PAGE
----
Shea Butter-Sal Butter Comparison Lotion
Shea Butter is an industry standard in skin care. Its luscious creaminess gives lotions a heavenly texture and great moisturizing ability. It’s a solid oil, but not brittle, making it easy to work with.
Sal Butter is remarkably similar to Shea, but it stands on its own as a dry emollient that brings a lovely texture and feel to products. Though Sal Butter feels grainy in its raw form, it does not carry that graininess into your creations.
Sal Butter is a relatively new product offering for us, and we wanted to highlight it. A suggestion to compare it with Shea Butter came up, and this series of comparison products is the result. I’ll be making lotion, body butter, lip balm, and soap using both Sal Butter and Shea Butter. We’ll find out how the different butters perform and how they differ (or do not differ) in the end product.
Shea and Sal are similar plant based butters, but there are distinctions between the two. One notable difference is color and texture; Sal Butter is grainy before being added to a recipe, while Shea is creamy and smooth. Sal Butter also has a golden hue, which can show up in your final creation.
For our comparison lotion, I found a 2012 blog recipe for Light Shea Butter Body Cream. It sounds perfect for my purposes, but I had to do some ingredient substitution to use what I had on hand.
Here are the things to gather so we can get started:
Shea or Sal Butter
Beard & Hair Oil Base, unscented
Fragrance (I used Champagne Sugar FO)
Liquid Germall Plus
Microwave Safe Container
Containers (I used these one-ounce jars for my samples)
Recipe in Grams (400 grams to fill five 1-oz jars)
276 grams Distilled Water
60 grams Shea or Sal Butter
40 grams Beard & Hair Oil Base, unscented
12 grams Emulsifying Wax
4 grams Glycerin
4 grams Stearic Acid
2 grams Champagne Sugar Fragrance Oil
2 grams Liquid Germall Plus
Recipe in Ounces (makes 20 ounces)
13.8 oz Distilled Water
3 oz Shea or Sal Butter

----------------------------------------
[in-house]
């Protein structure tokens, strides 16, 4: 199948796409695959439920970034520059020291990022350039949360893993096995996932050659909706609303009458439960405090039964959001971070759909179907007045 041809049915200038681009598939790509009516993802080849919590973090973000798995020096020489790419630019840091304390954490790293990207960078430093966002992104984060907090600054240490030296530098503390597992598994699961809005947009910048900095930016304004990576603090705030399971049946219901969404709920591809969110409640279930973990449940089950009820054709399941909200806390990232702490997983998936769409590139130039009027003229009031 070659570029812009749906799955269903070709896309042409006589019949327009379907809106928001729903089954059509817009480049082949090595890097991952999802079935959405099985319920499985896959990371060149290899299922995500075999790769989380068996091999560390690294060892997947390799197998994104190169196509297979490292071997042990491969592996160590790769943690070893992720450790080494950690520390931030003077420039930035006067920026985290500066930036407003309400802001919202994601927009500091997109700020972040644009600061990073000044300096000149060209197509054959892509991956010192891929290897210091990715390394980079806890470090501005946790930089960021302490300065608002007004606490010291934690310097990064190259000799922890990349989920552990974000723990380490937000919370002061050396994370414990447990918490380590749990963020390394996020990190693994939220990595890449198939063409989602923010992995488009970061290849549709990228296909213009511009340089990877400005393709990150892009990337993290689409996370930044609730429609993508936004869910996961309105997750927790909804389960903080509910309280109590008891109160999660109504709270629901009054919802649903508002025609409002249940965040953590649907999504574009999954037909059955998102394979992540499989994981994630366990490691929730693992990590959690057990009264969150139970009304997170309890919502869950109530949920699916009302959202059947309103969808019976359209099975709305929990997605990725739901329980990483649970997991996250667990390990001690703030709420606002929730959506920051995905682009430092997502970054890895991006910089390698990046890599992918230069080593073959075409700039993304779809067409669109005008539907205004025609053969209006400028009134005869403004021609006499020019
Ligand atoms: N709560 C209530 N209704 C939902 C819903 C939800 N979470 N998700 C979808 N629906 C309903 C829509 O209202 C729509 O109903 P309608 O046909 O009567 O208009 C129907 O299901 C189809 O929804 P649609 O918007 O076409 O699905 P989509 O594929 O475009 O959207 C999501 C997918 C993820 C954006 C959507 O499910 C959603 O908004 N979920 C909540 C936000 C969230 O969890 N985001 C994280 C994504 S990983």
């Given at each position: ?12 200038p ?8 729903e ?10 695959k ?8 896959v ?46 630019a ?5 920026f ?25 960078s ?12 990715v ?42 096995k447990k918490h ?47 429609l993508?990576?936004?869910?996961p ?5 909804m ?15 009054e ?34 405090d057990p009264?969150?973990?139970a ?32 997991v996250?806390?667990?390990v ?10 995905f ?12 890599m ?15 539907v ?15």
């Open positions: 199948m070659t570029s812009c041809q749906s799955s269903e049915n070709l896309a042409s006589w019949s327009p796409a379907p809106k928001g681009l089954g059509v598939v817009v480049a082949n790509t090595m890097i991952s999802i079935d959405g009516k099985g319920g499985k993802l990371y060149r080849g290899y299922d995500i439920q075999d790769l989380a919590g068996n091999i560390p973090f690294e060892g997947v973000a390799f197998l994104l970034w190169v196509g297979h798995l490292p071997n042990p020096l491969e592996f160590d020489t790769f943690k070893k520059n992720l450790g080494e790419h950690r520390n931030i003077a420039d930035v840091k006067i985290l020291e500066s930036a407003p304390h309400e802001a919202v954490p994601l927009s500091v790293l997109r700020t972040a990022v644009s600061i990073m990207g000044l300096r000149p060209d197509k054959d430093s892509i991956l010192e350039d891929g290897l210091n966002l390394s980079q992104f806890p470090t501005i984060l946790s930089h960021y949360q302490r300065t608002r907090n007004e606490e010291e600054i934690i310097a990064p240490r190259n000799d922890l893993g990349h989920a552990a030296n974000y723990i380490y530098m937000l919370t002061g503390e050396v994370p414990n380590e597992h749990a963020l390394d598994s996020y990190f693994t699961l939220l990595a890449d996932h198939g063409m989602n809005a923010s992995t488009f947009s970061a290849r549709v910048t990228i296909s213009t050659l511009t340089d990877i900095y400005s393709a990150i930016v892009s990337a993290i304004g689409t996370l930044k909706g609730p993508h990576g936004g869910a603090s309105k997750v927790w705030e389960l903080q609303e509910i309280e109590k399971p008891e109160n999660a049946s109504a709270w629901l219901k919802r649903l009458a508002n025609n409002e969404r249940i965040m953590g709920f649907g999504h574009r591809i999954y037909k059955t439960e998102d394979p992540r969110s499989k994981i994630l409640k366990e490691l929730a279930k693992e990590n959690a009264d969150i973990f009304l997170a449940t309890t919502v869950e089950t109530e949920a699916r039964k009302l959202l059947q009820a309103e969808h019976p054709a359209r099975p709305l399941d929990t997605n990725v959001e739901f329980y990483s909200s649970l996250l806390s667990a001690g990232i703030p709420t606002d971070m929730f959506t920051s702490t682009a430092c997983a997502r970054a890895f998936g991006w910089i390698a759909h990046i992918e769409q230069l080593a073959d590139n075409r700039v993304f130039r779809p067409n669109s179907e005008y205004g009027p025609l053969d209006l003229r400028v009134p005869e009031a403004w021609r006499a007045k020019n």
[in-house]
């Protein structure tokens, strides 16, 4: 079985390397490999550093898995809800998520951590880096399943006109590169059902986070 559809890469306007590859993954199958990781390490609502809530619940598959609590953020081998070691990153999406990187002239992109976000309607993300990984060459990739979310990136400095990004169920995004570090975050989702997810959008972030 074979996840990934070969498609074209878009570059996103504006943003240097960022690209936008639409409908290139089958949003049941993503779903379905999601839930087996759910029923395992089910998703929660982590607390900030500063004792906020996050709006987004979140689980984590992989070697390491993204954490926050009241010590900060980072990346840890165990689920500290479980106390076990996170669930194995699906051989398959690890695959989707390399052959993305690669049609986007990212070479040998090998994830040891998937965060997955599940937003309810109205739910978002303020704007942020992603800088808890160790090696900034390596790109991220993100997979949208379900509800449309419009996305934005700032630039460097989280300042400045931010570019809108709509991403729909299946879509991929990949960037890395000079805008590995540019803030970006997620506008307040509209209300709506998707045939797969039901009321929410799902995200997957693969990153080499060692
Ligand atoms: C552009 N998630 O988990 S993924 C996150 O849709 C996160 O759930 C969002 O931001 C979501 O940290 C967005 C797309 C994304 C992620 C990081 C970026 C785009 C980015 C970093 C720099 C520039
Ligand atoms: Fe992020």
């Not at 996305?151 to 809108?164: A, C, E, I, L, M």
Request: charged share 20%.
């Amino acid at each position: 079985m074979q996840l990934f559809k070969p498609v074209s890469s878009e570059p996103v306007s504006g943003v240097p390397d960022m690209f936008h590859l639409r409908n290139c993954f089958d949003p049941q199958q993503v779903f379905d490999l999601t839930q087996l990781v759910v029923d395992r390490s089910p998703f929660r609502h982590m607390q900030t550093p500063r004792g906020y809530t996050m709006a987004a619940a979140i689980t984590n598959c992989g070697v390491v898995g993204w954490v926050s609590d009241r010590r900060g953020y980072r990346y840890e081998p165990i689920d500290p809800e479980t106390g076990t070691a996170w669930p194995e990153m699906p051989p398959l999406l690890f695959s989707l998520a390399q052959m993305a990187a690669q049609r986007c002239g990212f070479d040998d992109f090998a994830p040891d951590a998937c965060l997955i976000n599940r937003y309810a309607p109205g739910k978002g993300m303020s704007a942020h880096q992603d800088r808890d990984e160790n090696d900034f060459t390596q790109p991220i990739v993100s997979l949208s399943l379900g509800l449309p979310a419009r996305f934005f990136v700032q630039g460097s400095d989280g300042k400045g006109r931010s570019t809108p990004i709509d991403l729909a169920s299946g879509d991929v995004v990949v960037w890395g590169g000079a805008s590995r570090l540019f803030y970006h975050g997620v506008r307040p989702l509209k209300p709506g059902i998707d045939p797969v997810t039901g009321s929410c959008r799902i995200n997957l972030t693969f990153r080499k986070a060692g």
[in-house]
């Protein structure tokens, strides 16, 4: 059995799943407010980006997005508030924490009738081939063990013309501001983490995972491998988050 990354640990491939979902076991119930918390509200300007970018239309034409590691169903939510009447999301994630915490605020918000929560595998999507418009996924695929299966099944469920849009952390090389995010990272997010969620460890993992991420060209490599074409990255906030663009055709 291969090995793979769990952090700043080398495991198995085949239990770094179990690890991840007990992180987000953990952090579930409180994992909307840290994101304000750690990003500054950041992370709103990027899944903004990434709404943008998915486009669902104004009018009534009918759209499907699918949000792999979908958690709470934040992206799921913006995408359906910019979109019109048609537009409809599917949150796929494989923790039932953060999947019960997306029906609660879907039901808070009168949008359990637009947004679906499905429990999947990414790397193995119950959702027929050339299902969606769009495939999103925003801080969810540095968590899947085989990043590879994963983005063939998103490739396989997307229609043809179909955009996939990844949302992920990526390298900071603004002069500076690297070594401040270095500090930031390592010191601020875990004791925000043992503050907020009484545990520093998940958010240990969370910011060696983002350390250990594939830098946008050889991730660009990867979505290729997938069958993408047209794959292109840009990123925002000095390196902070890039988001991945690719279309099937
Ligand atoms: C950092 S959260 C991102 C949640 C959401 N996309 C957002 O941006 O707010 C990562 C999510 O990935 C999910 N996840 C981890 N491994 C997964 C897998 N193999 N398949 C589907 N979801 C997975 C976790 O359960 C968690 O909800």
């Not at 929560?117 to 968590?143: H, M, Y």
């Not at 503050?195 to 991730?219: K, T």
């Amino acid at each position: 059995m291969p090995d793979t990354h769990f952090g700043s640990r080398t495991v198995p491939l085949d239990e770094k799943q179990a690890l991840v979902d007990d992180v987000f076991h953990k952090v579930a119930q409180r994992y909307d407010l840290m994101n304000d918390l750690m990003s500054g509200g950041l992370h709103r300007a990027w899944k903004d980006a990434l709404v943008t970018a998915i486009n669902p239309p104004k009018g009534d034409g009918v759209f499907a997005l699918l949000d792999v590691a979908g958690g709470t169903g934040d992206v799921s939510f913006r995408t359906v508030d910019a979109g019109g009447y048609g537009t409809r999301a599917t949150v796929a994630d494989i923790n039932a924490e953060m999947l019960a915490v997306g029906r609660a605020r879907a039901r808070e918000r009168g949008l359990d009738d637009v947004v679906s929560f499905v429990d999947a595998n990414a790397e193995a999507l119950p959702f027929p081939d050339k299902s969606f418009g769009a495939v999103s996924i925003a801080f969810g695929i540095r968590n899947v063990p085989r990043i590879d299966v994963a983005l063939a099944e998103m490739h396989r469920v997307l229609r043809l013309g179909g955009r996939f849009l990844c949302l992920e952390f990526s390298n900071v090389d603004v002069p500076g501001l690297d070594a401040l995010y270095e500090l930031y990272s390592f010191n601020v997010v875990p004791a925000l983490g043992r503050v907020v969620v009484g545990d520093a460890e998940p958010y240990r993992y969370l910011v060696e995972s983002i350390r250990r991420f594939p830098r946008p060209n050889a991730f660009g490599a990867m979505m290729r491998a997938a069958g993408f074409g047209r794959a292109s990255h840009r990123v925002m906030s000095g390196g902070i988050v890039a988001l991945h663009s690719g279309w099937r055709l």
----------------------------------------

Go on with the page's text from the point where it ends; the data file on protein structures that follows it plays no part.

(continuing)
2 oz Beard & Hair Oil Base, unscented
0.6 oz Emulsifying Wax
0.2 oz Glycerin
0.2 oz Stearic Acid
0.1 oz Champagne Sugar Fragrance
0.1 oz Liquid Germall Plus
Recipe in Percentages
69% Distilled Water
15% Shea or Sal Butter
10% Beard & Hair Oil Base, unscented
3% Emulsifying Wax
1% Stearic Acid
0.5% Liquid Germall Plus
Weigh all but the fragrance and preservative into a microwave-safe container. Heat in short bursts, using a stick blender or spoon between heatings until mixture is cohesive. Allow the lotion to cool to at least 120 degrees F before adding fragrance and preservative.
I read a hint to help cool lotion faster: put the hot lotion into a plastic bag and lay it flat. It surprised me how quickly it cooled! Add the fragrance and Liquid Germall Plus to the lotion in the bag, and use your hands to knead it well to incorporate. Then cut a corner off the bag and dispense the cream into the container of your choice.
I put my samples into 1-oz jars because they were handy. I might have used squeezable bottles with equally good results.
I gave samples of the two lotions to a few friends and asked for their opinions. No one felt there was a massive difference between the Shea Butter and Sal Butter lotions.
One tester called the Sal Butter lotion “buttery,” noting that although it felt greasy at first, it absorbed readily. Another tester said the shea butter seemed to take longer to rub into the skin, but that was the only difference noted. Two others preferred the Shea Butter version, noting it seems to last longer than the Sal Butter.
“If the two weren’t marked, I think I could tell the difference,” said one of my testers, “but I wouldn’t bet money on it, because they are that similar.”
In our next experiment, we’ll make a body butter! I’m very enamored of thick, luscious formulations; let’s see what I can make!